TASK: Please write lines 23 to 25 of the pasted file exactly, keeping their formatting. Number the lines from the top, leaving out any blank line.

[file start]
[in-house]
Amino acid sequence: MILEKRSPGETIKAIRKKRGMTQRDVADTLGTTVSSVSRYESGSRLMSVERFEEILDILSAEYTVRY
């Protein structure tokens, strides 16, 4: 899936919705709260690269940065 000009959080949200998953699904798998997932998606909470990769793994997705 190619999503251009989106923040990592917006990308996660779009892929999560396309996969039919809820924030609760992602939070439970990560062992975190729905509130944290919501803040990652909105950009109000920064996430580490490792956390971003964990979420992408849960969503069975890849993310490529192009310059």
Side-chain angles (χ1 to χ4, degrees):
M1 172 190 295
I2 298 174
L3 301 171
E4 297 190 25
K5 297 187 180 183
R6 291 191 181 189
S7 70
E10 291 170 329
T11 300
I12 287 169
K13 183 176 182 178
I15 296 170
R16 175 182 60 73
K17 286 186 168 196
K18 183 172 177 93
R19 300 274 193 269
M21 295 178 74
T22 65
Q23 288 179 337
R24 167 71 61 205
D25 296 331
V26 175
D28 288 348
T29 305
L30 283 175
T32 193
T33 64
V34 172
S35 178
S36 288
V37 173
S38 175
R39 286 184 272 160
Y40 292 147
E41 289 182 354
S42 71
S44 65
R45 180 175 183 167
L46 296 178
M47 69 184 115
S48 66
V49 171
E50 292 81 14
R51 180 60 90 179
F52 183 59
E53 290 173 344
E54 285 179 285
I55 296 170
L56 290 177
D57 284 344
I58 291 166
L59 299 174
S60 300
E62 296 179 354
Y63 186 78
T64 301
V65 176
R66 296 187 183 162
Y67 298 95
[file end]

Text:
Q23 288 179 337
R24 167 71 61 205
D25 296 331